What To Expect During Your SBA Loan Application Process
Is this your first time applying for a business loan? Even veteran business people get confused about what to expect from the SBA loan application process sometimes.
SBA Loan Application
Your business is picking up and you want to expand, upgrade your equipment or move to a better location or your startup is starting to get some traction and you need funds to get finance the next great idea.
Regardless of why your business needs funds, the important question is where you will source the funds.
Not everybody has a fat bank account or unlimited access to cash, so you need help to fund these upgrades. For small businesses, the best way to acquire these funds is by applying for an SBA loan.
While the SBA loan application may be intimidating, it’s similar to applying for a loan from the bank. It’s advisable that you understand the application process as this will make the application easy.
What You Should Know About the SBA Loan Application Process
Applying for SBA loans is becoming increasingly difficult as times get tougher. Not only do these loans require more paperwork they also take longer than typical loans.
It gets even tougher if you don’t know the application process. This is why you are advised to know the SBA loan requirements. Below are the business loan requirements:
1. Personal Background Statement
The first SBA loan qualification is that you are required to provide a written statement that clearly details your personal background.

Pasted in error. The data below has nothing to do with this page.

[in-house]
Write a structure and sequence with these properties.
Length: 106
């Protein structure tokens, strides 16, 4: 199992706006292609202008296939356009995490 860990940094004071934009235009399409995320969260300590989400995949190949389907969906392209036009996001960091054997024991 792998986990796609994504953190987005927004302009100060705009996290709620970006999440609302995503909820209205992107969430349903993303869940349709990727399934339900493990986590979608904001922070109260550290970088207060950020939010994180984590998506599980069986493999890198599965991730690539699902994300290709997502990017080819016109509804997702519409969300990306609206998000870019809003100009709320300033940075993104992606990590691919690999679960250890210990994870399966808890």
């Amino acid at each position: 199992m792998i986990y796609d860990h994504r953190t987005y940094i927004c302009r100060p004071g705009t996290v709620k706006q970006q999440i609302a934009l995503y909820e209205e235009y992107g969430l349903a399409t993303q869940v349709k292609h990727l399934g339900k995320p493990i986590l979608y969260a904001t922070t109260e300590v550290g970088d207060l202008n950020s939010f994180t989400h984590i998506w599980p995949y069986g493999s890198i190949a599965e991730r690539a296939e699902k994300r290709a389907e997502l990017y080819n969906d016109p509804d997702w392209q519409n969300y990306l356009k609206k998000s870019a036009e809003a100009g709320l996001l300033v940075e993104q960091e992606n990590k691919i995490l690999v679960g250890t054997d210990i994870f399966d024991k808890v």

The written statement will include details like criminal records, previous addresses, educational background, and names you’ve used. It’s like a biography that contains all personal information that is verifiable from outside sources.
SBA lenders will often request your professional resume, as it will help them understand your business experience. Here you get to describe your business expertise and make expound on why you are qualified to run the business.
This is why you are advised to learn how to qualify for a small business loan. Your resume becomes your pitch and if you really need that loan, you get to show the lenders that you’re prepared to use the loan accordingly.
3. Credit Report & Score
SBA lenders will typically look at the credit history of the business. However, small businesses often have no borrowing history and the lenders rely on your personal credit history to better understand your debt repayment habits.
Before you apply for a small business loan, request for your credit reports from any of the major credit agencies. Take your time to go through your credit report and check for any errors that might downgrade your credit score. Ensure that all the errors are corrected before you submit the SBA loan application.
4. Personal Tax Returns
SBA lenders will want to look at your personal tax returns as a way of analyzing whether you are fiscally responsible. You will be required to provide personal tax returns for at least two years.
Ensure that your tax returns are up to date. If you are not up to date, request an extension and a written explanation of why you needed the extension.
5. Business Credit Report
SBA lenders will have to look at your business credit report regardless of whether you have ever borrowed or not. Ensure that you go through your credit report before you apply for the SBA loan. Check for any errors or incorrect information and contact the agency to rectify the errors before you apply for the loan.